We live in exciting times. The unemployment rate is down from its peak in 2010 (though it’s still too high). And more and more people are being funneled through the college system.
But there is something not quite right about the labor market right now. We have record numbers of people who are highly skilled. And yet, even with those skills, many are still not finding jobs. The whole point of going to university and going into debt was to get a good middle-class job. And yet these seem to be disappearing from our economies just as there is a glut of people to fill them.
The reasons for this are structural and well beyond the scope of this post. But it does raise an interesting issue. One would think that skills, like learning programming or accounting, would be highly valued. But because the supply of these skills is now higher than the economy can bear, they don’t command the same wages as they once did.
The question, therefore, is what is it that employees do value? In other words, what’s scarce right now in the labor market? Once that’s known, people looking for jobs will be able to improve their chances.
The biggest change that we see right now is a shift in employer thinking. It used to be the case that to get the job you wanted, you had to have a college degree. It was just one of those societal prejudices that meant that practically everybody who wanted a career had to go through the mill.
But now the supply of college students is so high that being a college graduate has lost a lot of value. So what does that mean? Well, at first, employers raised the grades you needed to get in college to get a job with them. But now the emphasis has changed again.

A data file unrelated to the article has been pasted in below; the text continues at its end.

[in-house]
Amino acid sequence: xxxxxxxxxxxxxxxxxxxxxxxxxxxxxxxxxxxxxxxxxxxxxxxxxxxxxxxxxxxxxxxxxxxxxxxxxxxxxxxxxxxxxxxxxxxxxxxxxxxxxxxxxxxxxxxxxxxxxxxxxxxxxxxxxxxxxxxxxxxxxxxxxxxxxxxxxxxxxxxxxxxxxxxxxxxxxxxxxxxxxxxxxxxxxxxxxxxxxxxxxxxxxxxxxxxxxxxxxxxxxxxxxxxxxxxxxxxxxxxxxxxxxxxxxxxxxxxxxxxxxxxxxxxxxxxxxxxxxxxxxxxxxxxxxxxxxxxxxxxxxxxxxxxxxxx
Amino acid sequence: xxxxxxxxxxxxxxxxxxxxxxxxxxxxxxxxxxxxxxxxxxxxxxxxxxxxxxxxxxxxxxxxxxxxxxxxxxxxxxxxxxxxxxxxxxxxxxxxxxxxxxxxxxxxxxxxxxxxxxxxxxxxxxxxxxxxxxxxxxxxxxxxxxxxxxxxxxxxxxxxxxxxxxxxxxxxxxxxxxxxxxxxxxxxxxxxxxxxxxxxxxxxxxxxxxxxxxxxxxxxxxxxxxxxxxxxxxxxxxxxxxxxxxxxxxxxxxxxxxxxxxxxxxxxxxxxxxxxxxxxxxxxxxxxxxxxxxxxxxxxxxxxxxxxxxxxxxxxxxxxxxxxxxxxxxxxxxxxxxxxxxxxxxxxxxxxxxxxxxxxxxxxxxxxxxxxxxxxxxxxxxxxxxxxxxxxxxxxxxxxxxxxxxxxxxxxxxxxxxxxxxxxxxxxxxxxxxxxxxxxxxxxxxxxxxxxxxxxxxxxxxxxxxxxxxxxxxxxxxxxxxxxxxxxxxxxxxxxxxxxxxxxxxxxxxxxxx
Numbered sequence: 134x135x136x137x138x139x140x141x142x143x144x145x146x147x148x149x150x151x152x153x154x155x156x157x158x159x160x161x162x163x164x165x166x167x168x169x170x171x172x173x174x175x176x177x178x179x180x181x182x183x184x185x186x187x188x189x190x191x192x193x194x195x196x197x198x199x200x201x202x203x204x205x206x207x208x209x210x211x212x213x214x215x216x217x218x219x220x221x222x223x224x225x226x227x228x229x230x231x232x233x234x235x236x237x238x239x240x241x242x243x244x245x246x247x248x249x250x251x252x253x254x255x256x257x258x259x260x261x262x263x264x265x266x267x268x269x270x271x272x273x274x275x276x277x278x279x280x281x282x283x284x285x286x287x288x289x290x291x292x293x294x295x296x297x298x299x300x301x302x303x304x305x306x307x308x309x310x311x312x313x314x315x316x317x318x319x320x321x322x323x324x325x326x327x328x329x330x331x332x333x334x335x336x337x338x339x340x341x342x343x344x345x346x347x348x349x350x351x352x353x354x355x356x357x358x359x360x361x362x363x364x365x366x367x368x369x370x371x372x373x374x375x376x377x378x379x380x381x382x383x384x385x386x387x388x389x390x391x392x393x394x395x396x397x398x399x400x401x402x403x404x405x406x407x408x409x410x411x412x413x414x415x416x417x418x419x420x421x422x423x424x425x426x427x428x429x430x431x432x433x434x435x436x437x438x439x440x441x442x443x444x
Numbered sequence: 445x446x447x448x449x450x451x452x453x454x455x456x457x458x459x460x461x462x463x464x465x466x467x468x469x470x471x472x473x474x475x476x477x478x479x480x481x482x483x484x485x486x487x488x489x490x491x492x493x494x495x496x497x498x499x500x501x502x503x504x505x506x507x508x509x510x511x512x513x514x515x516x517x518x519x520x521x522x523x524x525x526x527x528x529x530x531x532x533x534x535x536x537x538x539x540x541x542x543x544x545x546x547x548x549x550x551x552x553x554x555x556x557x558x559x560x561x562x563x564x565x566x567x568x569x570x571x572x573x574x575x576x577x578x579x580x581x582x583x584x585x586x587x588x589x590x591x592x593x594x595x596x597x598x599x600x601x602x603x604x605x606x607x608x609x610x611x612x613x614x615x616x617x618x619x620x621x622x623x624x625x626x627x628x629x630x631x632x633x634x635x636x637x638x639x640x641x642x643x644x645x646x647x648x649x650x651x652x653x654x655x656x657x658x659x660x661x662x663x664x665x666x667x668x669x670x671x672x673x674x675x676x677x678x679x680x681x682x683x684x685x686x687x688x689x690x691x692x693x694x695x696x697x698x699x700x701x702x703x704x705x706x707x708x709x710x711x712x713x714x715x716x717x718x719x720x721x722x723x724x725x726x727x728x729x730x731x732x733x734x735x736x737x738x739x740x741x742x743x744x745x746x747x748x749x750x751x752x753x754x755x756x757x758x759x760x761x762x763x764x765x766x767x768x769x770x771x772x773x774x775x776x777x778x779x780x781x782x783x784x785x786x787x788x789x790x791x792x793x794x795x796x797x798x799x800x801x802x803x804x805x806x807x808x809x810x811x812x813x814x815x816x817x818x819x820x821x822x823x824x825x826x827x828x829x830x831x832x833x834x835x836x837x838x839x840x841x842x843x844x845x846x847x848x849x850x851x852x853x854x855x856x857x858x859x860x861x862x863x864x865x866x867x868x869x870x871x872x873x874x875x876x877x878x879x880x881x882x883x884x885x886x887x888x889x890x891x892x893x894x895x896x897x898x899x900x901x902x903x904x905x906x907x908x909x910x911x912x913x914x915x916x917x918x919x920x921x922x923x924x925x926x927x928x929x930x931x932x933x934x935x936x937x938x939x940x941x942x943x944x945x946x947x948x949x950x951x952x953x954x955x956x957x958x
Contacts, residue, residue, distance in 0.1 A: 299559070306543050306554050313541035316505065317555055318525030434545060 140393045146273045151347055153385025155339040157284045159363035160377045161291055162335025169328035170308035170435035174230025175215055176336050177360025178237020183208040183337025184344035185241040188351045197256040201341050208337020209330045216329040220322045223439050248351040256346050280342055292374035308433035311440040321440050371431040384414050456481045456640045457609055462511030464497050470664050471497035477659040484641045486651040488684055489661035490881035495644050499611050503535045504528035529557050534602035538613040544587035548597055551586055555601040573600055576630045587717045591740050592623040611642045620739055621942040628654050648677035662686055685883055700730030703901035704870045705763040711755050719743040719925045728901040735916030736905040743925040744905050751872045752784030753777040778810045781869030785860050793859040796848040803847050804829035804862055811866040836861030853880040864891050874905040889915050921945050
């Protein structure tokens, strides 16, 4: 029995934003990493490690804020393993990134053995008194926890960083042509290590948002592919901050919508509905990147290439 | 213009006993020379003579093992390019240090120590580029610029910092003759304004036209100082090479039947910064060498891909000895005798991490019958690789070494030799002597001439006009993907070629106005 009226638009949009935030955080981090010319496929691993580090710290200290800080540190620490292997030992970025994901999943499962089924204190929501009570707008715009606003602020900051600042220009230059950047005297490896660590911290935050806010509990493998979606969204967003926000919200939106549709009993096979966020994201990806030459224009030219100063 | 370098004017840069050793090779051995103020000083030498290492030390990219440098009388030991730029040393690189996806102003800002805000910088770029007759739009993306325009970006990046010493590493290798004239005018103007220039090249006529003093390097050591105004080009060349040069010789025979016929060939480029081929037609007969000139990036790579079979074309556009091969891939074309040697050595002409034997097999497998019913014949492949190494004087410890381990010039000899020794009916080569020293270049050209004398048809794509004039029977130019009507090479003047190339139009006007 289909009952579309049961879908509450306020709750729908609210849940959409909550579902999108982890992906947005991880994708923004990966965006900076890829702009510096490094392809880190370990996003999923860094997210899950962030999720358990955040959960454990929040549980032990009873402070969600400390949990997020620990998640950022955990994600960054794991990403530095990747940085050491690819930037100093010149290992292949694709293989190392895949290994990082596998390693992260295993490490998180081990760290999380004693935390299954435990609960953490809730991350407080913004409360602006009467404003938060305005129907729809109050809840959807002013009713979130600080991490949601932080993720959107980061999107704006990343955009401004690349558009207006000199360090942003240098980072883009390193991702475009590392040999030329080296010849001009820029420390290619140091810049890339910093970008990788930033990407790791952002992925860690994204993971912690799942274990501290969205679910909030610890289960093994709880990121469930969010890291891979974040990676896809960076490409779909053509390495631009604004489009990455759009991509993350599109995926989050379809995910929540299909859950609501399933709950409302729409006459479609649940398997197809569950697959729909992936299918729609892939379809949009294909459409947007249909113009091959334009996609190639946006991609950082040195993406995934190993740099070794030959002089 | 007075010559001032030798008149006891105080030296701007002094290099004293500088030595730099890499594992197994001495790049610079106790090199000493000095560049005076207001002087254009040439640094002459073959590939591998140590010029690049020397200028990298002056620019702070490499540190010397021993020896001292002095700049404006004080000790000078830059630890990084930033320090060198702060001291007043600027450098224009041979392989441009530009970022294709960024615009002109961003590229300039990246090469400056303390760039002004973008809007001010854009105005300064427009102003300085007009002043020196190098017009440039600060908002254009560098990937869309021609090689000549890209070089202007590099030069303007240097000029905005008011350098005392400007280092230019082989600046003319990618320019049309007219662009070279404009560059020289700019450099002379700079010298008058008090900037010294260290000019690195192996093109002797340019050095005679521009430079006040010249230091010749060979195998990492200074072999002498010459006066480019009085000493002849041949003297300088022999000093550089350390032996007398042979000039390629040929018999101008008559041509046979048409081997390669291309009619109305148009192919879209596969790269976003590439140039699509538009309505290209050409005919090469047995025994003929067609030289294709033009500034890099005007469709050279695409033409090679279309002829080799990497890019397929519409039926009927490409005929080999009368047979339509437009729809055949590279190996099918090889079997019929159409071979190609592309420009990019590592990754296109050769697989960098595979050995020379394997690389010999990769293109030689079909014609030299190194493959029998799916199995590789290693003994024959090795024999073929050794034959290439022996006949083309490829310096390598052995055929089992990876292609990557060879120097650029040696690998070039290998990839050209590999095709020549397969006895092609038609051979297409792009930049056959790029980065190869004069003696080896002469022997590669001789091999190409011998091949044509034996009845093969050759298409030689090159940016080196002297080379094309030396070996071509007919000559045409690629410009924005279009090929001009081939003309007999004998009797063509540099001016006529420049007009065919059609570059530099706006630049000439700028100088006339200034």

Businesses have finally recognized that academic ability isn’t the only factor that matters. Productivity is influenced by many other variables, including character traits. Academics might have great book knowledge, or be good at memorizing facts. But do they have the ability to solve problems in the real world? Not always.
Something that comes up in interview tips for veterans time and again is professionalism. Military personnel are often unaware of etiquette in the civilian economy and struggle to fit in.
It seems as if the same problem holds true for graduates. Often graduates don’t understand the best way to behave or to build their personal brand in the work environment. And, because they’ve been under the sway of teachers for so long, they don’t understand how the real business world works. It’s all about voluntary interactions and negotiation. Yet this is in direct opposition to their experience of school.
Somebody who doesn’t know how to conduct themselves professionally is a big liability for a company. In business, reputation is king. And so businesses are looking for people who can behave professionally at all times.
Grit And Determination
The other things that a college education can’t give people are fundamental character traits. Things like grit and determination aren’t developed in universities. But, when it comes to work, grit is what counts.
Employers, however, are interested in whether somebody has perseverance. It shows that that person wants to solve problems and move forwards.
Grit is also necessary for anybody who wants to pursue their own career and move towards the place they ultimately want to go. Yes, there will be setbacks. But a person with determination can smash through setbacks and keep moving on upwards.
Another vital skill in business is the ability to negotiate. Negotiation is about finding those situations that are a win-win for both parties. It’s at the heart of what business is all about.
But, again, this is not something that colleges teach, like hard skills. In fact, there is no opportunity to negotiate at college. You’re just given your grades, and then you move on.
Because education doesn’t teach the ability to negotiate, it’s a skill that’s scarce. And like anything scarce, employers are on the lookout for it.
It seems as if the labor market will have to change, based on the laws of supply and demand. Hard skills are abundant right now, thanks to all the college education that we have. But soft skills, the things that make a worker actually productive, are as scarce as ever. To really get ahead in the labor market, candidates must emphasize the latter.
This post has been contributed by Ryan Gatt, it may contain affiliate links.